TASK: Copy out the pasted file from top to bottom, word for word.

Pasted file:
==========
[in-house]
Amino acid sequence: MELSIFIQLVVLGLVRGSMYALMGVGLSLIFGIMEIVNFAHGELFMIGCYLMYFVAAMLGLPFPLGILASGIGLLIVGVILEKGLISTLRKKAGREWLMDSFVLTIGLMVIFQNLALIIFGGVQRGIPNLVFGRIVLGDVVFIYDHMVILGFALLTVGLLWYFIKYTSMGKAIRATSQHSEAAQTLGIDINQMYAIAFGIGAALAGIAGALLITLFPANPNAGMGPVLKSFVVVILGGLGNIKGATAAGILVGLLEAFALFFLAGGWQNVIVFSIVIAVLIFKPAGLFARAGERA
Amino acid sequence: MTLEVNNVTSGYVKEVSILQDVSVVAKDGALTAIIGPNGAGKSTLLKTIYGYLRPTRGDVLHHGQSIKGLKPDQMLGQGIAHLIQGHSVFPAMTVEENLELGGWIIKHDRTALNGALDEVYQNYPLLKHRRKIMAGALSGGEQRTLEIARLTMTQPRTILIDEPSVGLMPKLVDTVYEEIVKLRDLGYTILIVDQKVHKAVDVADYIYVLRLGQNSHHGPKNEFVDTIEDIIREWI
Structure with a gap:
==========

[in-house]
Amino acid sequence: MELSIFIQLVVLGLVRGSMYALMGVGLSLIFGIMEIVNFAHGELFMIGCYLMYFVAAMLGLPFPLGILASGIGLLIVGVILEKGLISTLRKKAGREWLMDSFVLTIGLMVIFQNLALIIFGGVQRGIPNLVFGRIVLGDVVFIYDHMVILGFALLTVGLLWYFIKYTSMGKAIRATSQHSEAAQTLGIDINQMYAIAFGIGAALAGIAGALLITLFPANPNAGMGPVLKSFVVVILGGLGNIKGATAAGILVGLLEAFALFFLAGGWQNVIVFSIVIAVLIFKPAGLFARAGERA
Amino acid sequence: MTLEVNNVTSGYVKEVSILQDVSVVAKDGALTAIIGPNGAGKSTLLKTIYGYLRPTRGDVLHHGQSIKGLKPDQMLGQGIAHLIQGHSVFPAMTVEENLELGGWIIKHDRTALNGALDEVYQNYPLLKHRRKIMAGALSGGEQRTLEIARLTMTQPRTILIDEPSVGLMPKLVDTVYEEIVKLRDLGYTILIVDQKVHKAVDVADYIYVLRLGQNSHHGPKNEFVDTIEDIIREWI
Structure with a gap: